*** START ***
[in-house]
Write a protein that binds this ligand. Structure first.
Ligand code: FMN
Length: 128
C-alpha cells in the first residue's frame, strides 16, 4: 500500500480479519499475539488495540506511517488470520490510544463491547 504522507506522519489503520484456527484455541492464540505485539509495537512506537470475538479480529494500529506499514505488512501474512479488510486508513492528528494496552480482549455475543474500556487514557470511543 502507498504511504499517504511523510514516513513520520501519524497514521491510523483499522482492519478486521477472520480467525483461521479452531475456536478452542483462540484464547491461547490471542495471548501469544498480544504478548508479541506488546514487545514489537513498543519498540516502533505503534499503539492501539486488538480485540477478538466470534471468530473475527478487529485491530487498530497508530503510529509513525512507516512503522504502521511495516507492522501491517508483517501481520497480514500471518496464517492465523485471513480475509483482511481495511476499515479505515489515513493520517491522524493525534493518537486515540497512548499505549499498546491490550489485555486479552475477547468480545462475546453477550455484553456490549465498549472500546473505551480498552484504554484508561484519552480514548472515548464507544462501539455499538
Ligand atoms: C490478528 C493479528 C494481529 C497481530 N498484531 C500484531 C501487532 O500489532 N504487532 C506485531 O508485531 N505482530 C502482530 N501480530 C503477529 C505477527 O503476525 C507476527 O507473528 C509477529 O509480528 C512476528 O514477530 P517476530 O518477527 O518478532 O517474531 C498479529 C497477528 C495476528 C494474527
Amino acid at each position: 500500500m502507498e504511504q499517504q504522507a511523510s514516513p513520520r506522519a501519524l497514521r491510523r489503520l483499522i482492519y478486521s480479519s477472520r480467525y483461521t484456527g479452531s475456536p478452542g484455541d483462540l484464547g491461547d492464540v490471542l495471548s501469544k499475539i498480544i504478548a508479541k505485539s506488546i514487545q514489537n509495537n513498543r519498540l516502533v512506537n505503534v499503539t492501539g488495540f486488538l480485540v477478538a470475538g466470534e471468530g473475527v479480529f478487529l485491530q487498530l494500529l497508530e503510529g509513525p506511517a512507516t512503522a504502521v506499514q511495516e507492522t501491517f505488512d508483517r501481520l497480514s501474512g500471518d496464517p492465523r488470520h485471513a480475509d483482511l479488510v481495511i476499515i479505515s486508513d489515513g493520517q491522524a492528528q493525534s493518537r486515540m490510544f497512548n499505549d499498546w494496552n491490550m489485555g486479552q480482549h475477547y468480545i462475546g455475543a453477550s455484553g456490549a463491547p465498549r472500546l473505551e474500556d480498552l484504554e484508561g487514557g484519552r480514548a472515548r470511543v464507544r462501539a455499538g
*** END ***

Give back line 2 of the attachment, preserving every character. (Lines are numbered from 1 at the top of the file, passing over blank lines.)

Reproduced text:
Write a protein that binds this ligand. Structure first.